As if they don't have enough work responsibilities, Cohrs serves as chairman and Kline serves as co-chairman of the largest committee within PCA: the Manufacturing Technical Committee (MTC). The MTC is also the most unique committee within the PCA committee structure, a blend of PCA member companies that produce cement and associate member companies that provide goods and services to the cement Industry. The associate member companies Include equipment suppliers, vendors, and consultants committed to the industry.
Together, the PCA member companies and MTC associate member companies jointly fund critical manufacturing-related research focusing on the areas of energy and the environment. The MTC is also active in technology transfer and education through its annual fall technical session and sponsorship of PCA's Environmental Workshop held at the annual IEEE-IAS/PCA Cement Industry Technical Conference. As chair and co-chair, the men set the strategic direction for the MTC. Two very different guys with an incredible track record of success. Think career opportunities like these exist outside the cement industry? Think again. Most folks can only dream of career opportunities like this, but in the cement industry, it's the norm. Both men are making critical decisions that impact their companies every single day, and they can't afford to make mistakes. From day one of their careers to today, Cohrs and Kline have balanced human capital, financial resources, and technical expertise to manufacture high-quality cement in an economical and environmentally sound manner. They're the reason that cement and concrete are the most sustainable building materials on the planet.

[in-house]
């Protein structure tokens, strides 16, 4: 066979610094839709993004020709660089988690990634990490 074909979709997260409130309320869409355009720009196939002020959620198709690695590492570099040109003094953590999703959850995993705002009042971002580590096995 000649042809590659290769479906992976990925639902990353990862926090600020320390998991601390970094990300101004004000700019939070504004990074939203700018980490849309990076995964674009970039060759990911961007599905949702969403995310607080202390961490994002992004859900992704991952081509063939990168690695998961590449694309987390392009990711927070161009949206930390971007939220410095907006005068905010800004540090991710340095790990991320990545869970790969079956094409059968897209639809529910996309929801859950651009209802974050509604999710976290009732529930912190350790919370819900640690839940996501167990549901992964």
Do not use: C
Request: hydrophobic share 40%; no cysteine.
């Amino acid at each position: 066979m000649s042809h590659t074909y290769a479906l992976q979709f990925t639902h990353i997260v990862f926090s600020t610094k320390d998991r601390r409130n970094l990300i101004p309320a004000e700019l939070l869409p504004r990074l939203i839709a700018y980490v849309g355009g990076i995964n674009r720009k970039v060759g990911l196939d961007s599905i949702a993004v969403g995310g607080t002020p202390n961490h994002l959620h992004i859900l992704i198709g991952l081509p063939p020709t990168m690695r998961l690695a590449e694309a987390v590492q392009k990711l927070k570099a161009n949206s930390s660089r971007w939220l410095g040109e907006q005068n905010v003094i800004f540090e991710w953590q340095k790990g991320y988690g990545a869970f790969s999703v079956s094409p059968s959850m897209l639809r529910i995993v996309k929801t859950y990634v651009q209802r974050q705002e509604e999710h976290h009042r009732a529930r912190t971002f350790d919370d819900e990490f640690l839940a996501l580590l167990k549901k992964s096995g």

BY RICK BOHAN, PORTLAND CEMENT ASSOCIATION
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|Date:||Mar 1, 2012|